Six teams from the OWL's 12-team league roster played in the day's three matches: In the inaugural game, home team Los Angeles Valiant soundly defeated San Francisco Shock 4-0, Los Angeles Gladiators swept Shanghai Dragons 4-0, and Seoul Dynasty beat Dallas Fuel 2-1. From photos and footage, it looked like the teams played to a packed house at the LA eSports arena. But far more tuned in on Twitch, which officially announced on Tuesday that it would be the only broadcaster (besides Blizzard itself) streaming the first two years of OWL.
Blizzard has been investing a lot in the OWL -- and to be fair, so have the deep-pocketed backers of each team, which had to pay an alleged $20 million per to secure a slot in the first year. The league is a huge stab at pushing eSports into the mainstream, and it's been designed to appeal to traditional sports fans: Teams are based in cities, games have been pushed to reasonable nightly (North American) hours and there's plenty of merch in-game and IRL to represent your squad. Blizzard's investment extends to players, too, justifying a $50,000 minimum salary as a stabilizing force so the players can focus on playing.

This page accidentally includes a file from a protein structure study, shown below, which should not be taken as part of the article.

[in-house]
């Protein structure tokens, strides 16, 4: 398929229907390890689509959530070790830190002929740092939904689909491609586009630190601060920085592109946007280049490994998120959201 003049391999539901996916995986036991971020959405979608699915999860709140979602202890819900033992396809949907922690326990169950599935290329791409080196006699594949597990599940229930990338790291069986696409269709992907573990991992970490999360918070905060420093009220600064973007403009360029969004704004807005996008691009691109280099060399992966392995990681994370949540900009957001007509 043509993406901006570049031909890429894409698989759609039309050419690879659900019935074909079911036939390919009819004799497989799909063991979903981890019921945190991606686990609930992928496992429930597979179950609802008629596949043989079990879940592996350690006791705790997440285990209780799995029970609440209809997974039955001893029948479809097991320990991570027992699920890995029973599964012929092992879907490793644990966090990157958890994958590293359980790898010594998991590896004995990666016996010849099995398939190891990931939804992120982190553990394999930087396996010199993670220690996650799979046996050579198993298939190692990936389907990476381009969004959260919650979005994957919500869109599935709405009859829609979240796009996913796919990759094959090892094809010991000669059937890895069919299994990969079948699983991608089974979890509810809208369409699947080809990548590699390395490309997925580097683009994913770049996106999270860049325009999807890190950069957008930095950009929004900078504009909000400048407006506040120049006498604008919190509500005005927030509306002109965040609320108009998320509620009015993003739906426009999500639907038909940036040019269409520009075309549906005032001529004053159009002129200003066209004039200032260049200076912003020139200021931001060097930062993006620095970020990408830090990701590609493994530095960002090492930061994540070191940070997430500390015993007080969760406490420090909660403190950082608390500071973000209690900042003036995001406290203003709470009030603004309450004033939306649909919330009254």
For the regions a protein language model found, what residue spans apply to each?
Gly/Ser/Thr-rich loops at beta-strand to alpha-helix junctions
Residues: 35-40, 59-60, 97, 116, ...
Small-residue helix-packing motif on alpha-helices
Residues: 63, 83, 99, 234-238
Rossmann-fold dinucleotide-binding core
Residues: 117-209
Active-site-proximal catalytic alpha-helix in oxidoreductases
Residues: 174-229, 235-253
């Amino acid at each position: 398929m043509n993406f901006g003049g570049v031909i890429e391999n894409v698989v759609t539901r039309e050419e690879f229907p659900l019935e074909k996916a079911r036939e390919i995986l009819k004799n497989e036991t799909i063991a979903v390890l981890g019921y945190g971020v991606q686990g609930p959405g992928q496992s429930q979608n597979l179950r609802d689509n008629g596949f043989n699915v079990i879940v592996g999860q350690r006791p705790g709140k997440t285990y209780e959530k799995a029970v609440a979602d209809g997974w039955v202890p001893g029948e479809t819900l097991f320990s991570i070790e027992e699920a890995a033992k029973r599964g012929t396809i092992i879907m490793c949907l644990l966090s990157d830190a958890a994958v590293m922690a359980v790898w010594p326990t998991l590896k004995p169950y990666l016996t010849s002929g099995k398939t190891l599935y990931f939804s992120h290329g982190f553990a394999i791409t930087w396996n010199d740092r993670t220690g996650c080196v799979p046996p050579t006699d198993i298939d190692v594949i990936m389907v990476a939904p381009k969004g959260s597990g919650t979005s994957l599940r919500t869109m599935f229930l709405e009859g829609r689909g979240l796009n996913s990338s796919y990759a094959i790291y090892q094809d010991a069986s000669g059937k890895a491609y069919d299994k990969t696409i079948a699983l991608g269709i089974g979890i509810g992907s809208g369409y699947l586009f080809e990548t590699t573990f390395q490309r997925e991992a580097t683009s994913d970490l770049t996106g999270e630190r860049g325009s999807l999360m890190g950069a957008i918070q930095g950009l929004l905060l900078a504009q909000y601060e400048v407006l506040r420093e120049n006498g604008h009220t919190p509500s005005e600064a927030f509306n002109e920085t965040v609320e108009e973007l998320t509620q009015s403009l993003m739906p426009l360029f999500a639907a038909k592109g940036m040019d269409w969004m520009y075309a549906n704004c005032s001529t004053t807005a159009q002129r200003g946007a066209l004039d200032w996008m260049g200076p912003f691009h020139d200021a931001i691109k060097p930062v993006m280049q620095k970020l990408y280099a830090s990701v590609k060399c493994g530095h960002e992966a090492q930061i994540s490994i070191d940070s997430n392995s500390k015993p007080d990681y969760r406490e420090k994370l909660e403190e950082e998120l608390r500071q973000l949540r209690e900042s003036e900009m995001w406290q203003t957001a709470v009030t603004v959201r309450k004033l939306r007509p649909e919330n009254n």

The OWL's first season will proceed every week, with three games every night from Wednesday to Saturday until June 16th. Then the top six teams enter the six-week postseason culminating in a championship match on July 28th. Every game streams free on Twitch on OWL's page. Whether viewers tune in for the rest of the league's first season will be another story, but even on the second night of OWL play, its stream is dominating Twitch, according to TwitchMetrics: